The following two pictures are both of my backyard. One was taken in Fall; the other in Winter.
The colors of Fall, particularly the crimson and scarlet of Japanese Maple leaves, are the highlight of the season for me. I'm captivated by how bold and bright they are.
But, there's something to be said about a white canvas.
When I first took the photo on the left, it was my favorite picture. It received many "likes" and comments on Facebook. But seeing it beside the picture I took two days ago makes it seem different. Chaotic. Loud.
I was thinking about the purity of snow, of the color white, when I was walking to work on Friday morning. How God has promised to take our sins that are stained red and wash them white as snow.
"Though your sins are like scarlet, they shall be as white as snow; though they are red as crimson, they shall be like wool." Isaiah 1:18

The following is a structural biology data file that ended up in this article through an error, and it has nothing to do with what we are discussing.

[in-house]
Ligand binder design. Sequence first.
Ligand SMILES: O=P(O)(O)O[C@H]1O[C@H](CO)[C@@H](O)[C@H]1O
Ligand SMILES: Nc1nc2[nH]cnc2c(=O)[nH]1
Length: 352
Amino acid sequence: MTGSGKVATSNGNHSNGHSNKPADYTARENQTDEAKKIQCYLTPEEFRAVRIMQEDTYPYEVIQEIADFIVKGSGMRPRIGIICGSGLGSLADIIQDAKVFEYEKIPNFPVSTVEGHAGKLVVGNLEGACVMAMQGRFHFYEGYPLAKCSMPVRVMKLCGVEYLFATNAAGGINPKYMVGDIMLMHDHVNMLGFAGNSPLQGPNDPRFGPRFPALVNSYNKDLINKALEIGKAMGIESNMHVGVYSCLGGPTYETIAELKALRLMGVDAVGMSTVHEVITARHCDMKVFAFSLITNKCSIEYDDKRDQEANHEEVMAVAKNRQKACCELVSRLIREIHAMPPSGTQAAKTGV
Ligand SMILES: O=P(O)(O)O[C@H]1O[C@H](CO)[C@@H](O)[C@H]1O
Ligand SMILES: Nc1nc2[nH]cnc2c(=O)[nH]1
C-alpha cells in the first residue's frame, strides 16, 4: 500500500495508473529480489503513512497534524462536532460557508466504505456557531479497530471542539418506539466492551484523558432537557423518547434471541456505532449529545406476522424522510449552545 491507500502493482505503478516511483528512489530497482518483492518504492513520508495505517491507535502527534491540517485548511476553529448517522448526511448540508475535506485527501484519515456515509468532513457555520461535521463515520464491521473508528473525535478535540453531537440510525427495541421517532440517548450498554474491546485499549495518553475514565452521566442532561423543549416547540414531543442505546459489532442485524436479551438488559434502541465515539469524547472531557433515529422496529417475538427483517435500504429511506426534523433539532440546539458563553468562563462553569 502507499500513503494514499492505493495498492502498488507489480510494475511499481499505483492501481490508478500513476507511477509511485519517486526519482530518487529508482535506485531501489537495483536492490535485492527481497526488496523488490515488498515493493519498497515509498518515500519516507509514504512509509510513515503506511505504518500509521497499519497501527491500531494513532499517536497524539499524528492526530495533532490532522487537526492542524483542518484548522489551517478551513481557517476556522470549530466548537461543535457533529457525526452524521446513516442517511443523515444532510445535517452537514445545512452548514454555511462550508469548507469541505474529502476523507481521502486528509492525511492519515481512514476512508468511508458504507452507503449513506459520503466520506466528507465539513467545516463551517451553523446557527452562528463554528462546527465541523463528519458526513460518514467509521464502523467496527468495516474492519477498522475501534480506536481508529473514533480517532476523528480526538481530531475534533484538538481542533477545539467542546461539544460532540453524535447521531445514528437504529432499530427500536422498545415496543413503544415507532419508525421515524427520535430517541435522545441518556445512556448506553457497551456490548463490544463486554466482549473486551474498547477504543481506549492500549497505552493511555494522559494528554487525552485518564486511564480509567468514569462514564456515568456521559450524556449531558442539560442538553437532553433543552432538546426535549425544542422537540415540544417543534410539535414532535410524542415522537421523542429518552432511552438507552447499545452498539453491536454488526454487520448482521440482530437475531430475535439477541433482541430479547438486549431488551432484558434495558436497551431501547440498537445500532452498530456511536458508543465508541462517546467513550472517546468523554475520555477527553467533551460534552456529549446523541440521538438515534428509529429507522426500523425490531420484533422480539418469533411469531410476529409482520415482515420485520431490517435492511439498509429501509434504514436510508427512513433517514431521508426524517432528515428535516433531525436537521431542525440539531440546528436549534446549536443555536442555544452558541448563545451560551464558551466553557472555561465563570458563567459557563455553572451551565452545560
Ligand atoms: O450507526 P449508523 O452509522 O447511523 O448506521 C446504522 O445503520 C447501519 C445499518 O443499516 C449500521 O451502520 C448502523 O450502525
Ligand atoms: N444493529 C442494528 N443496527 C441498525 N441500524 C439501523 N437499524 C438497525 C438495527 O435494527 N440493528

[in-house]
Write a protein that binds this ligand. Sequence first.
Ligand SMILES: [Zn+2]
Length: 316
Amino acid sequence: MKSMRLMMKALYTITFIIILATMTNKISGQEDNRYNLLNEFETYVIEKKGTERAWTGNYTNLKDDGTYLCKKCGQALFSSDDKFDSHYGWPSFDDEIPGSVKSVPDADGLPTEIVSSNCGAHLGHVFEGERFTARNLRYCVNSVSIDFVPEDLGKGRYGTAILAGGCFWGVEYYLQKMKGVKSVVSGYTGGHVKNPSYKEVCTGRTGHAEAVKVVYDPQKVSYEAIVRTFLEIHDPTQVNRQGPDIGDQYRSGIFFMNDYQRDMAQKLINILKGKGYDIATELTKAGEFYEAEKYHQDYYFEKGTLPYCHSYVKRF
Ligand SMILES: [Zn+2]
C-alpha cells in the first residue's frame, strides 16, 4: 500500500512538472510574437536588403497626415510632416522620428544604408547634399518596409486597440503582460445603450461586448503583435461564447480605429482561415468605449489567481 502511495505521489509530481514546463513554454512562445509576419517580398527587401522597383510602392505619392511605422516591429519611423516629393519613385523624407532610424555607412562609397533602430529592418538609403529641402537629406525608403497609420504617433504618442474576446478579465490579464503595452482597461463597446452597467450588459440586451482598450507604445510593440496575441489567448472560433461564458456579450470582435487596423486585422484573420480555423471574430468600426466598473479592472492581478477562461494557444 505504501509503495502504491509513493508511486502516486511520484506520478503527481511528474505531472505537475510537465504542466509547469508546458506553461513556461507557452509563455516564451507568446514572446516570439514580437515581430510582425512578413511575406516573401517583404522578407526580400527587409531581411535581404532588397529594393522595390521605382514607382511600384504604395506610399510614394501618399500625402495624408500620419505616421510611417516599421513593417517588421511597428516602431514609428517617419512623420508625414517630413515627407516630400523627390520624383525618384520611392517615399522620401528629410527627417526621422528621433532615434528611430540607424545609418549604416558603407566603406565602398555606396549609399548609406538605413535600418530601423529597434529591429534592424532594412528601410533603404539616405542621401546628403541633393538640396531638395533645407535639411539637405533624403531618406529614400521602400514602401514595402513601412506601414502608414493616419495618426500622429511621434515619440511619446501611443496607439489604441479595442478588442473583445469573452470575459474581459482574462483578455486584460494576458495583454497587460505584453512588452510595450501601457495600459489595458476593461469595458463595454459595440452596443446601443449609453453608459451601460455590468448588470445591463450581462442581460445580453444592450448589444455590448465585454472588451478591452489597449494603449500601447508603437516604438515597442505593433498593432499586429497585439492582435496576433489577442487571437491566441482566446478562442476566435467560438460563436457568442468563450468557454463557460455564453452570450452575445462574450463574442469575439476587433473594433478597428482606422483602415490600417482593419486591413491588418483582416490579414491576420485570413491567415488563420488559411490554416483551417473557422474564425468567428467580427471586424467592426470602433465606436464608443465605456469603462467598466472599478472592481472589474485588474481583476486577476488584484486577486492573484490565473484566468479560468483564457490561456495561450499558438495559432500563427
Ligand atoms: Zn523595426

It's like those trees--though the leaves are beautiful to look at, we forget that inside they are dead. Life is held in the barren branches, and when the world is covered in white, we get a sense of its promise. Perhaps the joy that comes the morning after snowfall is actually a sense of hope.
That was my first thought.
The second was of the color white.
I remember the first time I learned about frequencies and wavelengths of color. It was mind blowing to realize that black is the absence of light; it simply absorbs every frequency. Blue things are blue because they absorb every frequency except blue. White, on the other hand, reflects every frequency of light.
Things that are white reflect all light.
Yesterday a friend and I went to get raspberry hot chocolate. The snow had been coming down heavily since 11 a.m., and it was snowing when we arrived. And still snowing when we left.
The sun had already set when we stepped outside, and we walked home in the closing darkness. But, as my friend pointed out, "Evenings like this don't seem as dark. When there's snow on the ground, the world seems brighter."
May we, too, be cleansed white as snow, and illuminate the darkness by reflecting light.